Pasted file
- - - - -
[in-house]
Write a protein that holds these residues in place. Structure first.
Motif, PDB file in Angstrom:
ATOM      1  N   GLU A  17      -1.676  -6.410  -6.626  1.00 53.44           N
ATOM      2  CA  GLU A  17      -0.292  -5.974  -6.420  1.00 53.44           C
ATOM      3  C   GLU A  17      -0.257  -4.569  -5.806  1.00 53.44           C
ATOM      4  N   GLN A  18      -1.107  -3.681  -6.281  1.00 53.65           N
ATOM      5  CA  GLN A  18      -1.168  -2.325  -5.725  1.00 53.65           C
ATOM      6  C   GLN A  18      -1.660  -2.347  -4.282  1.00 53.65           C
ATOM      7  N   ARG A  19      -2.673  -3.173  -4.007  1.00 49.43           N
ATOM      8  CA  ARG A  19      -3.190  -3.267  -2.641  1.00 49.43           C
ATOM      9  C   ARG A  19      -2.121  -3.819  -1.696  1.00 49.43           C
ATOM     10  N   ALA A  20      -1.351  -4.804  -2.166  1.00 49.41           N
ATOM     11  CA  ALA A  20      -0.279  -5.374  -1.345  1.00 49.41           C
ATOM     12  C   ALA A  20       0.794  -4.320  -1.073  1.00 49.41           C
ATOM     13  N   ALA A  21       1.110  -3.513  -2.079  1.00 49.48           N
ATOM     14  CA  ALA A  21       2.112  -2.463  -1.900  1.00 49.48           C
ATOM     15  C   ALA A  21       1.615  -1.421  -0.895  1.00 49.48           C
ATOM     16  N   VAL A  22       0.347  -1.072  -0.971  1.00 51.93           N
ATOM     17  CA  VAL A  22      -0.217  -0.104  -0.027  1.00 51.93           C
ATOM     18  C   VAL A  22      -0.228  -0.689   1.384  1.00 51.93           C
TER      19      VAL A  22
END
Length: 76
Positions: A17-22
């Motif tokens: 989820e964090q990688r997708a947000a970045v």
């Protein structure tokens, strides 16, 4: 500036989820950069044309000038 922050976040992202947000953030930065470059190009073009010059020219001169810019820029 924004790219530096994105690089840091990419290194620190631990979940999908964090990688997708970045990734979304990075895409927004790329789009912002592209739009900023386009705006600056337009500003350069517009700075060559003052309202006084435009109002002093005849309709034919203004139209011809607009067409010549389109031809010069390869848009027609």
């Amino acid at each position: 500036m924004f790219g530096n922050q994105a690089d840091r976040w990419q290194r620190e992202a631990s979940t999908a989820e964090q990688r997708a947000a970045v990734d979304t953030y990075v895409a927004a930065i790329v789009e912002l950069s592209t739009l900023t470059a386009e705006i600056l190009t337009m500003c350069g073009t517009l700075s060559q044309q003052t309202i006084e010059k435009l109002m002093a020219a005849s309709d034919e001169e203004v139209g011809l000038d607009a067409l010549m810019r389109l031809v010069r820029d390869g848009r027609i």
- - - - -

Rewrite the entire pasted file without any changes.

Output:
[in-house]
Write a protein that holds these residues in place. Structure first.
Motif, PDB file in Angstrom:
ATOM      1  N   GLU A  17      -1.676  -6.410  -6.626  1.00 53.44           N
ATOM      2  CA  GLU A  17      -0.292  -5.974  -6.420  1.00 53.44           C
ATOM      3  C   GLU A  17      -0.257  -4.569  -5.806  1.00 53.44           C
ATOM      4  N   GLN A  18      -1.107  -3.681  -6.281  1.00 53.65           N
ATOM      5  CA  GLN A  18      -1.168  -2.325  -5.725  1.00 53.65           C
ATOM      6  C   GLN A  18      -1.660  -2.347  -4.282  1.00 53.65           C
ATOM      7  N   ARG A  19      -2.673  -3.173  -4.007  1.00 49.43           N
ATOM      8  CA  ARG A  19      -3.190  -3.267  -2.641  1.00 49.43           C
ATOM      9  C   ARG A  19      -2.121  -3.819  -1.696  1.00 49.43           C
ATOM     10  N   ALA A  20      -1.351  -4.804  -2.166  1.00 49.41           N
ATOM     11  CA  ALA A  20      -0.279  -5.374  -1.345  1.00 49.41           C
ATOM     12  C   ALA A  20       0.794  -4.320  -1.073  1.00 49.41           C
ATOM     13  N   ALA A  21       1.110  -3.513  -2.079  1.00 49.48           N
ATOM     14  CA  ALA A  21       2.112  -2.463  -1.900  1.00 49.48           C
ATOM     15  C   ALA A  21       1.615  -1.421  -0.895  1.00 49.48           C
ATOM     16  N   VAL A  22       0.347  -1.072  -0.971  1.00 51.93           N
ATOM     17  CA  VAL A  22      -0.217  -0.104  -0.027  1.00 51.93           C
ATOM     18  C   VAL A  22      -0.228  -0.689   1.384  1.00 51.93           C
TER      19      VAL A  22
END
Length: 76
Positions: A17-22
């Motif tokens: 989820e964090q990688r997708a947000a970045v």
């Protein structure tokens, strides 16, 4: 500036989820950069044309000038 922050976040992202947000953030930065470059190009073009010059020219001169810019820029 924004790219530096994105690089840091990419290194620190631990979940999908964090990688997708970045990734979304990075895409927004790329789009912002592209739009900023386009705006600056337009500003350069517009700075060559003052309202006084435009109002002093005849309709034919203004139209011809607009067409010549389109031809010069390869848009027609």
């Amino acid at each position: 500036m924004f790219g530096n922050q994105a690089d840091r976040w990419q290194r620190e992202a631990s979940t999908a989820e964090q990688r997708a947000a970045v990734d979304t953030y990075v895409a927004a930065i790329v789009e912002l950069s592209t739009l900023t470059a386009e705006i600056l190009t337009m500003c350069g073009t517009l700075s060559q044309q003052t309202i006084e010059k435009l109002m002093a020219a005849s309709d034919e001169e203004v139209g011809l000038d607009a067409l010549m810019r389109l031809v010069r820029d390869g848009r027609i």